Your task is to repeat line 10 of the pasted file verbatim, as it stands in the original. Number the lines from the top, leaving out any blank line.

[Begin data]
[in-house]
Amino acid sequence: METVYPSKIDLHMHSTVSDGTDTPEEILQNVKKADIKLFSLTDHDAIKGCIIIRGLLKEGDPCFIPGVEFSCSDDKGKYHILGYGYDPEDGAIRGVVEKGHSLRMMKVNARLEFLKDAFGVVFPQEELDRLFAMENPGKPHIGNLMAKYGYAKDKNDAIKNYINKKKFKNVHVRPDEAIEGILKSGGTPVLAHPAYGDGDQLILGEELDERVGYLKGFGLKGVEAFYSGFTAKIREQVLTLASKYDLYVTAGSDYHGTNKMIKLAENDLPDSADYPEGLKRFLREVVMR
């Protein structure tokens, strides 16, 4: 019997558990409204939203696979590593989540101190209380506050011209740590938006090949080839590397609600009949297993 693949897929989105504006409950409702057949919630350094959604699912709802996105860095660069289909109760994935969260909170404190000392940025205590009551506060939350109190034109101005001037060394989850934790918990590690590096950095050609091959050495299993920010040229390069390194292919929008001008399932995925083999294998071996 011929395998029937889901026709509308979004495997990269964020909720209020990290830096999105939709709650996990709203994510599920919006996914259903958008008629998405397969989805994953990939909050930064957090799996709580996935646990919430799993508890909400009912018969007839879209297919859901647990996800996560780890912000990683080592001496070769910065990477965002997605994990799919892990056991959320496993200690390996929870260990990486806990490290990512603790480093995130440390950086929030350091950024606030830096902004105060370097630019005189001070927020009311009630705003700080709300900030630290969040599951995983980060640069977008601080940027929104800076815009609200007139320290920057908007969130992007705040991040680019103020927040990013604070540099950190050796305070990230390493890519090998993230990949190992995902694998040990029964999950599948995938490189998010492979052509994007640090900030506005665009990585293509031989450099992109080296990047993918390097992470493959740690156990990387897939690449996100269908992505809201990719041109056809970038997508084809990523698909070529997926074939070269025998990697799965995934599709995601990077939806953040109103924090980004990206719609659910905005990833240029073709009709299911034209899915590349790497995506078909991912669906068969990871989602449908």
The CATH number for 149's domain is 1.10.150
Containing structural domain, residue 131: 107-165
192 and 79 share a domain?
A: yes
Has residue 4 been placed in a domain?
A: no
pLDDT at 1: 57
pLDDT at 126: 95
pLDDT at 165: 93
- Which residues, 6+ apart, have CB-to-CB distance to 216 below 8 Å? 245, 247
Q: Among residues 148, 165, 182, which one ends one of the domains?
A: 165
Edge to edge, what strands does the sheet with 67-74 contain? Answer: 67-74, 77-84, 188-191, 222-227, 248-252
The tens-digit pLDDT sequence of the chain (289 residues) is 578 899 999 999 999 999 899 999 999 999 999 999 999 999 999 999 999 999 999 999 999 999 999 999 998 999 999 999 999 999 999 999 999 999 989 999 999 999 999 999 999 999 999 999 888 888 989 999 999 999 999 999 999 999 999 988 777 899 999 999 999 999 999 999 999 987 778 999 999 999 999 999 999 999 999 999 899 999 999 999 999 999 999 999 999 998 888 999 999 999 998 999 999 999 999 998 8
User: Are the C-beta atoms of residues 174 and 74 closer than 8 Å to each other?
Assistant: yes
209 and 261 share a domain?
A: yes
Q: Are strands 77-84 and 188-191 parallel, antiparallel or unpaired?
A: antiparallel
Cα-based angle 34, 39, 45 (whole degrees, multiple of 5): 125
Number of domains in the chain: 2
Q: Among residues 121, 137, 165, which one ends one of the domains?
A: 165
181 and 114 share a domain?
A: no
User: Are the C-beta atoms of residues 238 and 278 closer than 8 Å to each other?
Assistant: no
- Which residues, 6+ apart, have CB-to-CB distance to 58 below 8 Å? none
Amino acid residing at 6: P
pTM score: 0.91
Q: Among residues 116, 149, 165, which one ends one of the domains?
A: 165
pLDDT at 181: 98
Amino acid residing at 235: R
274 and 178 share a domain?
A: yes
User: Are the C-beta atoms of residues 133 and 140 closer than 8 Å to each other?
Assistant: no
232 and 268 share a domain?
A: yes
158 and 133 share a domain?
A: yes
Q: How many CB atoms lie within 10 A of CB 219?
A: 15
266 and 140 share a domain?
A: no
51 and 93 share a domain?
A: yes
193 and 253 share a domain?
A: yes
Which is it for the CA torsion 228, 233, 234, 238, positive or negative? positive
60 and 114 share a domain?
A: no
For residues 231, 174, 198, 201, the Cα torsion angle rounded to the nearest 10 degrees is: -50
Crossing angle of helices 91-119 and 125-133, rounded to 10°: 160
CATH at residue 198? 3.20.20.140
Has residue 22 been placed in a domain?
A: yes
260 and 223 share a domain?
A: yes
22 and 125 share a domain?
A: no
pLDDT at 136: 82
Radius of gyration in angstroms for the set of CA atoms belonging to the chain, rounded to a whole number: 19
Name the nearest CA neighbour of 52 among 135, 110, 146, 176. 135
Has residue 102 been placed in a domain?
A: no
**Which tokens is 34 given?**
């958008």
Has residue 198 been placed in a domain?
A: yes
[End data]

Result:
pLDDT at 1: 57